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Create a 3D text using Three.js!

Create a 3D text using Three.js!

Learn Three.js a JavaScript library while creating a 3D text project!

Let's create a 3D text that can be controlled using orbit on the web!

You can try out the finished version over here -> you can zoom in, zoom out and scroll to play around!

Step 1: fork and clone this starter template for threejs which contains all the settings for webpack, you don't have to know about webpack, it is just used as a bundler over here! Link to the starter template:


After cloning just open your command-line tool and install the dependencies as follows:

# Install dependencies (only the first time)
npm install

# Run the local server at localhost:8080
npm run dev

Note: You need to download Node.js to install the dependencies.

Step 2: Next you'll find index.html, styles.css and script.js in the src folder, open the index.html and add a canvas with class 'webgl', we will use the class to query select the element in the JavaScript.

<!DOCTYPE html>
<html lang="en">
    <meta charset="UTF-8">
    <meta name="viewport" content="width=device-width, initial-scale=1.0">
    <title>3D text</title>
    <canvas class="webgl"></canvas>

Step 3: Next open the styles.css and add the following CSS, which is self explanatory.

    margin: 0;
    padding: 0;

    overflow: hidden;

    position: fixed;
    top: 0;
    left: 0;
    outline: none;

Step 4: This is where the fun begins but first we'll have to import our styles.css and threejs itself in our JavaScript file and then query select the canvas in our JavaScript and don't worry if you get confused as this is complicated, I'll link the finished repository at the end of the blog so you can always use that for reference.

import './style.css'
import * as THREE from 'three'

// Canvas
const canvas = document.querySelector('canvas.webgl')

Step 5: Now let's get started with threejs, we need 4 elements to get started which are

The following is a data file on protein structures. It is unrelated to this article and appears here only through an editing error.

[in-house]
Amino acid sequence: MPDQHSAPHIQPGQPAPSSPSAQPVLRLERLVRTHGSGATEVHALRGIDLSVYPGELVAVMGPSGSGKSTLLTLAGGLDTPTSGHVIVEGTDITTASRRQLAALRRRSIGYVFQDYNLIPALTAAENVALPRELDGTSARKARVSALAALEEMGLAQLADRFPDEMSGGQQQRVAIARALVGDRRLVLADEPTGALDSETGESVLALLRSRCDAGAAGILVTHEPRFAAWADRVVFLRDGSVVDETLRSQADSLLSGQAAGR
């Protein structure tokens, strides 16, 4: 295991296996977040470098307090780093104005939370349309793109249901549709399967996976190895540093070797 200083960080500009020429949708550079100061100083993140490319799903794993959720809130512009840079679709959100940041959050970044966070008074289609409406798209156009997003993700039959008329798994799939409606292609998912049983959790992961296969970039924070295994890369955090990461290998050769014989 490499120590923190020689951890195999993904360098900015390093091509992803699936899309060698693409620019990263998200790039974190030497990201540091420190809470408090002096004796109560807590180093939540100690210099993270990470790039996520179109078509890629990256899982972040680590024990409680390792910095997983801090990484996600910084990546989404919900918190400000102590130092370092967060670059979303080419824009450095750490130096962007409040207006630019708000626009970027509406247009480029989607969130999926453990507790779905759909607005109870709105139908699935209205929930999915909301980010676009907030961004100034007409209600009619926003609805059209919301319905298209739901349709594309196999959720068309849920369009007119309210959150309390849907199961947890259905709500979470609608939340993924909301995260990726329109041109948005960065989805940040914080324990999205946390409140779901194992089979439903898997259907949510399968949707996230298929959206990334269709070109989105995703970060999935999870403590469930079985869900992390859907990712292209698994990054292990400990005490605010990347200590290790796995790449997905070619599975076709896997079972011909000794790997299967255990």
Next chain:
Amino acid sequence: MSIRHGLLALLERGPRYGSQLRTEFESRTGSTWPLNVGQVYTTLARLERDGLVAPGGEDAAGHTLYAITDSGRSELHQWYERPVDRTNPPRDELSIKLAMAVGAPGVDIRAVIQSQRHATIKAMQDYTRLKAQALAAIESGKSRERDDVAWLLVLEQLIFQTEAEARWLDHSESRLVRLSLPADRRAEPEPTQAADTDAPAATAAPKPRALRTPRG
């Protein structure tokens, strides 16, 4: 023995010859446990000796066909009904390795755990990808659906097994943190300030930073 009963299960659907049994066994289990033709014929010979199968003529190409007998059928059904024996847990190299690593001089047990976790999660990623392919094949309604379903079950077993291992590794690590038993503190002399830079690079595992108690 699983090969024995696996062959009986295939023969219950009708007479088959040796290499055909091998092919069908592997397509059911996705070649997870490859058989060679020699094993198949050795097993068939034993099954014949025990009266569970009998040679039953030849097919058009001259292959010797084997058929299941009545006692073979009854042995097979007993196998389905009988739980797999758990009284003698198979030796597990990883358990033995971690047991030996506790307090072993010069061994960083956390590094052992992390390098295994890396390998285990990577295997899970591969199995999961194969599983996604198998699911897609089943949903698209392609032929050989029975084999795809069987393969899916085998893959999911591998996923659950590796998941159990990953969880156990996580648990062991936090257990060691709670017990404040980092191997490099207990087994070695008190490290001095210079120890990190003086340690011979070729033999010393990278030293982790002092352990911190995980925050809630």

• scene
  • object
  • camera
  • renderer

Let's first get started with scene and initialize it:

// Scene
const scene = new THREE.Scene()

Step 6: Next we'll create an object which would be our text and donuts, but for that, we'll make use of a threejs class called FontLoader, you can read more about it over here ->

But for using this class you'll need to load a font which we'll get in the folder 'node_modules > three > examples > fonts'. image.png

Choose and copy any font and then create a folder in static and name it 'fonts' and paste the font file over there!


Next step is to initialize the fontLoader and load the font!

 // Fonts
const fontLoader = new THREE.FontLoader()

Before loading the font, I wanted to tell you about objects in threejs, we call it 'Mesh' in threejs, and a Mesh takes in two parameters which are the 'geometry' and 'material'

So let's create a text object after loading a font!

    (font) => {
        const textGeometry = new THREE.TextBufferGeometry(
            'Devesh',  //Text that you want to display
                font: font,
                size: 0.5,
                height: 0.2,
                curveSegments: 6,
                bevelEnabled: true,
                bevelThickness: 0.03,
                bevelSize: 0.02,
                bevelOffset: 0,
                bevelSegments: 4
        )  //to center the text at the axis

        //Material - make sure you use Normal material to get that gradient color
        const textMaterial = new THREE.MeshNormalMaterial()
        const text = new THREE.Mesh(textGeometry, textMaterial)
        scene.add(text)  //don't forget to add the text to scene

You can read about Font Loader over here ->

And if you want to read about TextBufferGeometry and know about bevel you can read this and play around ->